. "3 Overview of Programs of Research on Ethnic Minority and Medically Underserved Populations at the National Institutes of Health." The Unequal Burden of Cancer: An Assessment of NIH Research and Programs for Ethnic Minorities and the Medically Underserved. Washington, DC: The National Academies Press, 1999.
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and to collaborate with other existing outreach programs, especially those supported by other federal agencies (e.g., other NIH institutes, CDC, and the National Institute for Occupational Safety and Health).
Developmental centers, in particular, are encouraged to foster collaborations and develop outreach programs for ethnic minority and low-income communities. NIEHS currently supports three such centers. Columbia University's Harlem Center for Health Promotion and Disease Prevention, for example, has formed partnerships with community groups in Harlem and Washington Heights, New York, to promote public education, outreach, and environmental monitoring. Interdisciplinary and inter-institutional programs with Harlem Hospital, for example, have also provided a forum for sharing environmental health research findings across institutions. Community outreach forums have addressed a wide range of community concerns about environmental pollutants and public health problems. Similarly, the Tulane/Xavier Center for Bioenvironmental Research provides comprehensive environmental research and education for the City of New Orleans and the Gulf South region. This center combines the resources of a major research institution and historically black college to foster collaboration between local organizations; state, local and federal governments; industry; and students.
Community-Based Prevention/Intervention Research in Environmental Health Science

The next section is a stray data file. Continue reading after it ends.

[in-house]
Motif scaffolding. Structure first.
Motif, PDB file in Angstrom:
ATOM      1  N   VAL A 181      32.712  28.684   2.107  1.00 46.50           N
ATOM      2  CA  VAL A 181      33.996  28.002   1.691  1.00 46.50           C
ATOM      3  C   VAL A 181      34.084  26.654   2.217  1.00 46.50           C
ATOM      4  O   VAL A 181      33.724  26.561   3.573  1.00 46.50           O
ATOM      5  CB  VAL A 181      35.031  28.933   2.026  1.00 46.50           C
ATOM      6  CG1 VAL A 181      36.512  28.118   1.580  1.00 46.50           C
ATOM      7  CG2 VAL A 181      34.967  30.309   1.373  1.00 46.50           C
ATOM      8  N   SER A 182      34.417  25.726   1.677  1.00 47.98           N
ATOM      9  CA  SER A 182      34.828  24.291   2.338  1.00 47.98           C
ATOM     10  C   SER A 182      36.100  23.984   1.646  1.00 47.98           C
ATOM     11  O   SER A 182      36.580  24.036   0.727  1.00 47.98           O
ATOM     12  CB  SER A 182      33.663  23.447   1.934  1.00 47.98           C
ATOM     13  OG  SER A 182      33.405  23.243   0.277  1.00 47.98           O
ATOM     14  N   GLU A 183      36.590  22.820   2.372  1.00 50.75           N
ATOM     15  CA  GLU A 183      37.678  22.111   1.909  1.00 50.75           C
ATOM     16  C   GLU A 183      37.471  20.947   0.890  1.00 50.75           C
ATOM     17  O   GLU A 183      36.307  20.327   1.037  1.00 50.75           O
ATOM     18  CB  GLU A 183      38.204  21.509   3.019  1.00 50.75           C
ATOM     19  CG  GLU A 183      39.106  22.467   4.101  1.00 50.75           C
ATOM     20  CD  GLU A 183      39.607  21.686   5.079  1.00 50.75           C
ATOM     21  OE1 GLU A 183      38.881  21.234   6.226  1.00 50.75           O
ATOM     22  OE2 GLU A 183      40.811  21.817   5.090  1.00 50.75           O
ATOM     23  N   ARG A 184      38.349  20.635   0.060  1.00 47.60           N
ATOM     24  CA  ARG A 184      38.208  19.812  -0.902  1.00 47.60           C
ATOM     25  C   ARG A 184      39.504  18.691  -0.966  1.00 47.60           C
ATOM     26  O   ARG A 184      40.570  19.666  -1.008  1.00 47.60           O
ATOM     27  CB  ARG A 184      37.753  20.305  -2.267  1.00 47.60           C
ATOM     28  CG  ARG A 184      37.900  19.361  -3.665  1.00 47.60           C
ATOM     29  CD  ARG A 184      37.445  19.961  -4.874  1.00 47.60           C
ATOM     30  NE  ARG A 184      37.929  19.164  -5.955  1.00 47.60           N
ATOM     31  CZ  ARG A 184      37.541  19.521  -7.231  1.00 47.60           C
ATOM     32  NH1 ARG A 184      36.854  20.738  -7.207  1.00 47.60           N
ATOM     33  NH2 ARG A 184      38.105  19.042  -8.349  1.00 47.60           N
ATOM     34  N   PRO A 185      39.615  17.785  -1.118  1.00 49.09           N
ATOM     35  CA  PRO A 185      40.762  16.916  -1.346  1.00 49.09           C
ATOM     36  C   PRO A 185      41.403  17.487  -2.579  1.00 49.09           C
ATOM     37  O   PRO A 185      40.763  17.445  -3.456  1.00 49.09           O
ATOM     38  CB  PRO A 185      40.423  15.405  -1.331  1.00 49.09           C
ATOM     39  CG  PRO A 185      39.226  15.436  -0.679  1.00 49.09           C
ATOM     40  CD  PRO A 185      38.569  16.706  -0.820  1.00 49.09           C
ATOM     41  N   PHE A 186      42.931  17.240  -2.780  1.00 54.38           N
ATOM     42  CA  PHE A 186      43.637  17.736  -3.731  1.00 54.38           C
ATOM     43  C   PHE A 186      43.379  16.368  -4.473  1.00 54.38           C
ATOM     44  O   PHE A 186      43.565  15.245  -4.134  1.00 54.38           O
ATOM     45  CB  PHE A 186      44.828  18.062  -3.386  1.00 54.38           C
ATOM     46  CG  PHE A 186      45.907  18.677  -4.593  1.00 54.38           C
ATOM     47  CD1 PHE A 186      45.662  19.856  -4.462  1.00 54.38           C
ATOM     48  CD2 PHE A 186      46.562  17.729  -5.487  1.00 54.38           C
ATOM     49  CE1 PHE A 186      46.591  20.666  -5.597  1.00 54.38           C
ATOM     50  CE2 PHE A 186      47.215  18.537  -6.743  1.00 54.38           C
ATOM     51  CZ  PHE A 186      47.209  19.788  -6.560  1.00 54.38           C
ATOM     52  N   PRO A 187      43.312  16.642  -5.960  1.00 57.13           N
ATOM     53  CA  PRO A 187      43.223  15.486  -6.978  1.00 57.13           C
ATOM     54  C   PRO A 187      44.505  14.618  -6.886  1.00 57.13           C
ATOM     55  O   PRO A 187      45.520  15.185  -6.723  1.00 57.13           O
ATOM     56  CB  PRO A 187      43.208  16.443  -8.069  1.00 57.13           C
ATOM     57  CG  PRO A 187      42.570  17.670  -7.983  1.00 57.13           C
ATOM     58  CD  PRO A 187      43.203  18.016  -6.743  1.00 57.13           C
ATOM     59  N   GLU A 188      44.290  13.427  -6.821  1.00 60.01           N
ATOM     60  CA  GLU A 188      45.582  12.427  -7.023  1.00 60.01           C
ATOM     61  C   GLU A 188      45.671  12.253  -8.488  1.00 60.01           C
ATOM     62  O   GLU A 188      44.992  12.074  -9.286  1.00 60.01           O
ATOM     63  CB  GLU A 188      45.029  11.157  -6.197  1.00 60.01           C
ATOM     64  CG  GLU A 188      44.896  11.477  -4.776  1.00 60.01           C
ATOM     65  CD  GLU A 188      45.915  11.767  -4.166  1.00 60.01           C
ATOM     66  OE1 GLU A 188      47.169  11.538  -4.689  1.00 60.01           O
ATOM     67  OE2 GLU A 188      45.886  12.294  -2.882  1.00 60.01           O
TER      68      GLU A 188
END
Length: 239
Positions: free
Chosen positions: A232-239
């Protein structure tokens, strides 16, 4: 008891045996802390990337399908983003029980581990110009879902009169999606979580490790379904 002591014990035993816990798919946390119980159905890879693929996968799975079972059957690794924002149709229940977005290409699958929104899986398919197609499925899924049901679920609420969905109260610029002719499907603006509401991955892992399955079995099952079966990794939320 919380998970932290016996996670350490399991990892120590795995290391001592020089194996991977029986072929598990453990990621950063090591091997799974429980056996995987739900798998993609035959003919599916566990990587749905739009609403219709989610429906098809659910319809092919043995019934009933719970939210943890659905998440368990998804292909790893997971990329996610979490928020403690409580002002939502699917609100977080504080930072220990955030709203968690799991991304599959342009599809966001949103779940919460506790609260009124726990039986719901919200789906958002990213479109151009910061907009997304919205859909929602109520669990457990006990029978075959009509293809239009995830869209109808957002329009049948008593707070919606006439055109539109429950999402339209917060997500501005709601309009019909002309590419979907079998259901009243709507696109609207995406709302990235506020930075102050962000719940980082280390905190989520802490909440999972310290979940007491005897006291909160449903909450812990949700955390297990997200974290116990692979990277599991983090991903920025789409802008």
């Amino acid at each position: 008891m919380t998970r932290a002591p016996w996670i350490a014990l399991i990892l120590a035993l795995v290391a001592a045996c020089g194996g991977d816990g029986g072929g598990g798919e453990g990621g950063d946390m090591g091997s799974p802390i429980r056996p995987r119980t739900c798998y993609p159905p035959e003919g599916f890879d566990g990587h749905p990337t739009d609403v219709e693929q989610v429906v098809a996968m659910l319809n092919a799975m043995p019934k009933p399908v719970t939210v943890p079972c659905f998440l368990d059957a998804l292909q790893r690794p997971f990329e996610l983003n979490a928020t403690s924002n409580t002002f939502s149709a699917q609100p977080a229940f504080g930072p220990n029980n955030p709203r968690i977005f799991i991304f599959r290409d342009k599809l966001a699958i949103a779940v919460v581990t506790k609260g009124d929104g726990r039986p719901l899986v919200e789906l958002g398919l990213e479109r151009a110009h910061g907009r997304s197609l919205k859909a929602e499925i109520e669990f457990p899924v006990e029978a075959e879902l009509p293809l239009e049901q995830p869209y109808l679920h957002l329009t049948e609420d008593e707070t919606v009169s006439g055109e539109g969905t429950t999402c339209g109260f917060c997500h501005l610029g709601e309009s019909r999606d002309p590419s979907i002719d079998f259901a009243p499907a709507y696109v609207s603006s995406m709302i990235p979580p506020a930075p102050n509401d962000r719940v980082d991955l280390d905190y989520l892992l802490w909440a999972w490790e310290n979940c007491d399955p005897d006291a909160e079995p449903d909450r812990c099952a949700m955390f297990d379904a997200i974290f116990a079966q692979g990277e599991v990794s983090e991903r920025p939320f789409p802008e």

This initiative aims to implement culturally relevant prevention and intervention activities among economically disadvantaged and underserved populations that are adversely affected by an environmental contaminant. It is intended to foster refinement of scientifically valid intervention methods, whereas it also strengthens the participation of the affected communities in this effort. The long-range goal of this program is to reduce the incidence and mortality from environment-associated diseases among these populations. Five grants that concentrate on Native American, African-American, and Hispanic populations have been awarded. This program also serves as a model for other federal, state, and local agencies in designing their own environmental justice contaminant prevention programs.
Environmental Justice: Partnerships for Communication
The Partnerships for Communication program provides multiyear grants that foster collaboration between health providers and community residents to examine and assess environmental contamination specifically located in communities. The primary goal of the grants is to investigate the relationship between economic factors, social factors, and the health